From exile, female former Afghan leader keeps fighting

From exile, female former Afghan leader keeps fighting 3

Two months after the Taliban seized power in Afghanistan, one of the country’s once-prominent female leaders — a former parliament member, candidate for president and a nominee for the Nobel Peace Prize — is visiting the United Nations, not as a representative of her government but as a woman in exile.

In an interview with The Associated Press, Fawzia Koofi called for humanitarian aid sent to Afghanistan to be contingent on the participation of women in its distribution, as well as free and safe travel for Afghans into and out of the country.

Aid “should not be politicized. … Women should be involved in every stage of it and they should be listened to. Women should not be only the recipients,” said Koofi, part of a delegation of Afghan women visiting the U.N. to urge member states not to compromise on inclusion and equal rights in Afghanistan.

Since fleeing Kabul in August, Koofi has been living in hotel rooms in Europe. She described the pain of separation from her country, of two decades of hopes dashed and of searching for permanent residence for herself and her two daughters.

“This is not an Afghanistan I fought for,” she told the AP. “The Afghanistan that I was hoping for was (that) women should not suffer as much as I suffered during my childhood, during the time that I was a teenager, when (the) Taliban took over.”

“I wanted other girls to enjoy at least the freedom of choosing which school they should go. But now, their choice is limited to which room in their houses they should spend during the day. This is heartbreaking.”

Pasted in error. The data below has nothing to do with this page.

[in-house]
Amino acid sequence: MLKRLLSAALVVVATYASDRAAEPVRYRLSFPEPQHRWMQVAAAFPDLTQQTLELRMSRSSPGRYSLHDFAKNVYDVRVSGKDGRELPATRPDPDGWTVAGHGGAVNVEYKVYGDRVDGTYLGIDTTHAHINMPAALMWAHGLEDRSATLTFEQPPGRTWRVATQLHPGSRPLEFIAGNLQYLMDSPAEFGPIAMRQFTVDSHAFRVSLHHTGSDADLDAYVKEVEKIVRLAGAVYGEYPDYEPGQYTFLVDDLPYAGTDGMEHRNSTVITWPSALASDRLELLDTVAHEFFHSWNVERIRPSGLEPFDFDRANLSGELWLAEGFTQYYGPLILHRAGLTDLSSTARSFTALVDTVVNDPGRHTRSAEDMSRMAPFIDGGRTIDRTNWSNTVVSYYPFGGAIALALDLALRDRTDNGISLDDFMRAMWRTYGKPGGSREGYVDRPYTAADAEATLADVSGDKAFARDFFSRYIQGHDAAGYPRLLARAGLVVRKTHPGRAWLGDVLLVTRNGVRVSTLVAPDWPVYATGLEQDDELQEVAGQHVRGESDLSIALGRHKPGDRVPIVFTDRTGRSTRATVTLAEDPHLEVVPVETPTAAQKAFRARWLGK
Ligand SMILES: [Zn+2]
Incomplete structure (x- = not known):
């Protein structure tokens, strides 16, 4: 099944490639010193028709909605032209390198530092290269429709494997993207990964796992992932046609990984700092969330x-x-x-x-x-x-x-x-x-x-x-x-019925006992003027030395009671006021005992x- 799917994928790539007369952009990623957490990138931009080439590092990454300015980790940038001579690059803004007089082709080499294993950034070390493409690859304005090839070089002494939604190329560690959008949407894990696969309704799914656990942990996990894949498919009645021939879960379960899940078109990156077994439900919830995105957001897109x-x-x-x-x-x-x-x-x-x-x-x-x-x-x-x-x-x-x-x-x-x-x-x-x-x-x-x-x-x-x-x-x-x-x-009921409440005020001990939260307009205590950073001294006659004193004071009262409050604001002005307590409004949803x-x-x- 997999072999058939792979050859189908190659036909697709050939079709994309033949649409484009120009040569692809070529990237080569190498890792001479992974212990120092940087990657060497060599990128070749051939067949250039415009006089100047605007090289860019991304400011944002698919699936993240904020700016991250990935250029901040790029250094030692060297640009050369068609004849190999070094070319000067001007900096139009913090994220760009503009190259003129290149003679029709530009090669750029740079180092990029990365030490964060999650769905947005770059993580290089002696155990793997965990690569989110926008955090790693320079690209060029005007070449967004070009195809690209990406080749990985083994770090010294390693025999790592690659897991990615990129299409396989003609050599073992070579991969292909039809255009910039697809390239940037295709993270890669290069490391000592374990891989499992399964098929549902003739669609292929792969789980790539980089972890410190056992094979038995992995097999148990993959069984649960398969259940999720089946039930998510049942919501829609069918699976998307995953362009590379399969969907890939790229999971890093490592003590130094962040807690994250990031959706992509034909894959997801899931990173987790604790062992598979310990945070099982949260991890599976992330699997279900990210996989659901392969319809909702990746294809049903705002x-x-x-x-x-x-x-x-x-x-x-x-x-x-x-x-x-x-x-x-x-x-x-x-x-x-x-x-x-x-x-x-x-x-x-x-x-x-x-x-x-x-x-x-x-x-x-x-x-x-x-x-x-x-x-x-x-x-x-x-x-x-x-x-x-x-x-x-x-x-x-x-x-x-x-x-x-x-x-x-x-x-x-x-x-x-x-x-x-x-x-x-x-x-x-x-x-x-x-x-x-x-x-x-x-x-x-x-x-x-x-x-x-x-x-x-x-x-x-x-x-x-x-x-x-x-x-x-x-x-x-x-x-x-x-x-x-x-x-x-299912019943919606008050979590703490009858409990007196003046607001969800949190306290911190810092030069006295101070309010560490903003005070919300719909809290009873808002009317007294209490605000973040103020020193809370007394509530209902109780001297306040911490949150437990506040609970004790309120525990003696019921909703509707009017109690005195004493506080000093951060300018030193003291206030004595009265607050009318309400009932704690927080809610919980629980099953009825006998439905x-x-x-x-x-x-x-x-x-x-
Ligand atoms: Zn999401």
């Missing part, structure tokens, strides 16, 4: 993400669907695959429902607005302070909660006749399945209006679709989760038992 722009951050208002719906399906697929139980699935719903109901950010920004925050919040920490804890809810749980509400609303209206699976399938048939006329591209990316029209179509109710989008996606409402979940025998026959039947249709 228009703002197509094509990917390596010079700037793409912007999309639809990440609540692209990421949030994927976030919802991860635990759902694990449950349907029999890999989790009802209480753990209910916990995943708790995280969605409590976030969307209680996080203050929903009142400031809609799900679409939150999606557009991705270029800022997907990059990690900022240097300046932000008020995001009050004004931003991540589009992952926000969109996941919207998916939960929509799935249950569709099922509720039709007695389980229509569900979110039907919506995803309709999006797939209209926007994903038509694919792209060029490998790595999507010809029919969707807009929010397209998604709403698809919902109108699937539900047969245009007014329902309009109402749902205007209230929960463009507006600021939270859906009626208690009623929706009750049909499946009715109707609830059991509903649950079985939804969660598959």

Koofi, a former deputy speaker of parliament, was one of only four women in talks to reach a power-sharing deal with the Taliban, which ultimately failed. She described watching the Taliban’s commitment to negotiations change after they signed a peace agreement with the United States in February 2020.

“After they signed the agreement, they were more extreme and they were more into buying time, preferring a military strategy,” she said.

Taliban fighters pursued that strategy in the summer, seizing province after province until they reached Kabul in August. When then-President Ashraf Ghani fled, the Taliban entered the capital, sparking panic among many who had opposed their rule and feared for their lives and futures.

That was the fatal blow to reaching a political settlement many had hoped would cement the gains women had achieved in access to education, work and the legal system, Koofi said.

She also blamed “world leaders,” seeming to point a finger at U.S. President Joe Biden. “As a superpower, the United States has a major responsibility and should be held accountable,” she said.

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